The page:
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Comment Re:Abolish NASA, and deregulate aerospace. (Score 1) 155

not quite the average toddler's level of understanding.

Project much?

Spoken like one with no clue at all of NASA's decades of hostility to private enterprise in space. Google for "OTRAG" for one example of a potential competitor that they pulled out all the stops to kill off.

-jcr

Comment the underbelly of entrepreneurship (Score 1) 85

My last two reads in this area were The Everything Store: Jeff Bezos and the Age of Amazon (2013) and When Genius Failed (2000), both of which I found highly engaging.

Is that what you were looking for?

On my near-term list is The Hard Thing About Hard Things: Building a Business When There Are No Easy Answers (2014).

Perhaps that's more what you're after.

I also liked The Man in the Machine (2015).

Comment a poor-man's wild west (Score 2) 97

If you haven't got a billion dollars, you can't blather on about colonising Mars. How admirably crytocurrency fills its niche as a poor man's wild west. It's got everything. A Chinese Boss Hogg with a Fu Machu mustache can suddenly jump out of the woodwork at any moment. Hot damn!

I was never much of an Oregon Trail dreamer myself, so this whole scene amuses me greatly.

Comment COBOL programmers aren't all old (Score 1) 353

There's a COBOL shop in my small town that contracts for corporations and the government. I know several COBOL specialists in their 30s. It's actually an extremely lucrative field to get into these days, with good pay and job security.

Rewriting all that COBOL code in some other language would be bound to cause major problems.

Comment the moderation gap (Score 1) 267

Almost any controlled diet (short of rice-cakes and water) improves health outcomes over what people eat when they're paying less attention.

Almost every controlled diet excludes most of the same extremely suspect foods (high-fructose bonbons, anything out of the smokey, rarely replenished deep-fat frier from hell).

It probably is true that inflammation is the underlying malady. High LDL levels probably exacerbate the negative effects of inflammation. Refined-carbohydrate–rich diets combined with a sedentary lifestyle are known to be inflammatory.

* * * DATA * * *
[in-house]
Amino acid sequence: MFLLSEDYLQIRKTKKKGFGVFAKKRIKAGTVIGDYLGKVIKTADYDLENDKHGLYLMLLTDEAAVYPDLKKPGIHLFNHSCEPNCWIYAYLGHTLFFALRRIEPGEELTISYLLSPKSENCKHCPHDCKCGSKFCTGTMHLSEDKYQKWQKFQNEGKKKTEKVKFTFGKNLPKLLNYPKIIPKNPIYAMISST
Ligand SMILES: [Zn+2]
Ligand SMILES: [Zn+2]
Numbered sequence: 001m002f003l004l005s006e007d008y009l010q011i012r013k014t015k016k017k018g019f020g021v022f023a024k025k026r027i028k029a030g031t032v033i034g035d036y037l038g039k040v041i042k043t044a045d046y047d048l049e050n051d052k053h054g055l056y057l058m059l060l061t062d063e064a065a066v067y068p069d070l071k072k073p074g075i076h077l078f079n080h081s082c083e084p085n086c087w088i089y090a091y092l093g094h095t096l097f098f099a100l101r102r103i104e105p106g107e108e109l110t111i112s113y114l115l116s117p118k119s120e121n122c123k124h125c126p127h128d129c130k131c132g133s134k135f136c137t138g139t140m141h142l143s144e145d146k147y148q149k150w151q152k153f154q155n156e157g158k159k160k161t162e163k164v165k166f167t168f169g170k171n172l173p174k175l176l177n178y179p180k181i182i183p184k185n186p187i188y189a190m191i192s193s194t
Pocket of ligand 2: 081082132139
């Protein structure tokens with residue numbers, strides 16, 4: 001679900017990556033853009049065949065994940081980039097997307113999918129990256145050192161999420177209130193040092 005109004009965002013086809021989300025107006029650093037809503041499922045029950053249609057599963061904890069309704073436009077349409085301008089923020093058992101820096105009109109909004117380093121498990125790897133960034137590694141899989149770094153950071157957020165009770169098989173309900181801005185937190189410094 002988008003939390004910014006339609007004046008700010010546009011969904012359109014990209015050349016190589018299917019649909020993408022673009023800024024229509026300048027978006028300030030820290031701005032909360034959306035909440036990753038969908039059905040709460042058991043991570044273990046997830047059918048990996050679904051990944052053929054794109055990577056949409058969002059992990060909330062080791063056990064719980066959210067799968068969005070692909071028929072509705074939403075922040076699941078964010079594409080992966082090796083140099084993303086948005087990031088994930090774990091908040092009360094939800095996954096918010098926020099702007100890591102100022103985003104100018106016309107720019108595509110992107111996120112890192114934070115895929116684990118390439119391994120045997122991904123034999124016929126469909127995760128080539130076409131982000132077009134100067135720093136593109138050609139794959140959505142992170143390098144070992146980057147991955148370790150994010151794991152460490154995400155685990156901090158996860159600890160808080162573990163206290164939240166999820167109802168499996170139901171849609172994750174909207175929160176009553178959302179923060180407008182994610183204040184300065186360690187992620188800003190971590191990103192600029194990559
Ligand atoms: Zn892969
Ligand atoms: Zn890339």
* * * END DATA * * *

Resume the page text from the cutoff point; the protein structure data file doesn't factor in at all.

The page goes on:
As I recall, studies of hard-working farmers who ate six eggs a day (with bacon) and not much sugar haven't shown unusually high rates of coronary heart disease. Thus I've begun to suspect that the problem comes from overloading the metabolism on two axes at the same time (lipids and carbohydrates) while also tying one-hand to the sedentary-lifestyle bed post.

In paleolithic times, it was possible to gorge yourself (from time to time) on one food group or another (bananas or bison), but rarely both at the same time (and certainly not without taking a long hike at some point either before, during, or afterwards, plus there's no shortage of labour involved in harvesting a side of bison with a stone axe, or spending an entire day climbing banana trees). These days we hang around in coffee shops playing chess, and the forty-move time control rarely elapses without inducing yet another mocha frappe and a "small" serving of cheesecake (it sure looks small beside that sugary 20-ounce drink).

It seems like any one of three corrective actions: elimination of excess sugar (rice cakes are 100% sugar), elimination of excess fat, or a vigorous physical lifestyle has an enormously beneficial effect. I suspect that any change will do, just so long as your metabolism is not confronting the triple-risk zone on a regular basis.

Of course, if they convince you to stay out of all three risk zones at the same time (carbs from green vegetables only, no animal fat, high exercise) your risk of crossing through the triple-risk zone at any point in time goes almost to zero. I tend to think of that as the belt and suspenders and sneakers approach. Or, if you convince someone to achieve a half-hearted three days of out seven compliance on each of those, he or she is probably mostly out of the weeds, as well.

Evolution tends to make us pretty adaptive. Two out of three stress factors poses only a moderate problem. Three out of three stress factors (a condition almost impossible to achieve in our evolutionary history) and now you have a big problem.

Pure approach to at-worst two-out-of-three:

* farming with ox and plow (always work hard, eat whatever you damn well want)